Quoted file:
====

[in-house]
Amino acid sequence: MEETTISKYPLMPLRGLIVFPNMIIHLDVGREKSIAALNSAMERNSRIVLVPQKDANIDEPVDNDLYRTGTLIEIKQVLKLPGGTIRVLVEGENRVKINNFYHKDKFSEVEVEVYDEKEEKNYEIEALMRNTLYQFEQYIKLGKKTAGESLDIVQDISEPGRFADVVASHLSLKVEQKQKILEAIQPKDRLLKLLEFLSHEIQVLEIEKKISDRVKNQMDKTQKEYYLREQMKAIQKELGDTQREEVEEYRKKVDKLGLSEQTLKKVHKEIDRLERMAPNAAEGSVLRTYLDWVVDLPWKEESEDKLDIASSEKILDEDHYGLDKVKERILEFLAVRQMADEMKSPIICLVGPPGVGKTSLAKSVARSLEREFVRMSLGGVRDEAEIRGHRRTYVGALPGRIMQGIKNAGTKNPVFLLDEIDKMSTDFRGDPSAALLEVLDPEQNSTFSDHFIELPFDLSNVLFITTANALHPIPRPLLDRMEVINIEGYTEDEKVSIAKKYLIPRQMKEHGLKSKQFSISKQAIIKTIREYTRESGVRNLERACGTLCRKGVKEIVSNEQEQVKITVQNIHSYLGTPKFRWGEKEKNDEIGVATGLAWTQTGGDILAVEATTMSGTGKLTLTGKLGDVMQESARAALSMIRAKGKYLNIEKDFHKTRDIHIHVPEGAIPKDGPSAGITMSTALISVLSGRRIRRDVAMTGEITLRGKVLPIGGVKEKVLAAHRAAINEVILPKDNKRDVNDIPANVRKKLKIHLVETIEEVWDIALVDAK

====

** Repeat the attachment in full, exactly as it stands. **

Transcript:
[in-house]
Amino acid sequence: MEETTISKYPLMPLRGLIVFPNMIIHLDVGREKSIAALNSAMERNSRIVLVPQKDANIDEPVDNDLYRTGTLIEIKQVLKLPGGTIRVLVEGENRVKINNFYHKDKFSEVEVEVYDEKEEKNYEIEALMRNTLYQFEQYIKLGKKTAGESLDIVQDISEPGRFADVVASHLSLKVEQKQKILEAIQPKDRLLKLLEFLSHEIQVLEIEKKISDRVKNQMDKTQKEYYLREQMKAIQKELGDTQREEVEEYRKKVDKLGLSEQTLKKVHKEIDRLERMAPNAAEGSVLRTYLDWVVDLPWKEESEDKLDIASSEKILDEDHYGLDKVKERILEFLAVRQMADEMKSPIICLVGPPGVGKTSLAKSVARSLEREFVRMSLGGVRDEAEIRGHRRTYVGALPGRIMQGIKNAGTKNPVFLLDEIDKMSTDFRGDPSAALLEVLDPEQNSTFSDHFIELPFDLSNVLFITTANALHPIPRPLLDRMEVINIEGYTEDEKVSIAKKYLIPRQMKEHGLKSKQFSISKQAIIKTIREYTRESGVRNLERACGTLCRKGVKEIVSNEQEQVKITVQNIHSYLGTPKFRWGEKEKNDEIGVATGLAWTQTGGDILAVEATTMSGTGKLTLTGKLGDVMQESARAALSMIRAKGKYLNIEKDFHKTRDIHIHVPEGAIPKDGPSAGITMSTALISVLSGRRIRRDVAMTGEITLRGKVLPIGGVKEKVLAAHRAAINEVILPKDNKRDVNDIPANVRKKLKIHLVETIEEVWDIALVDAK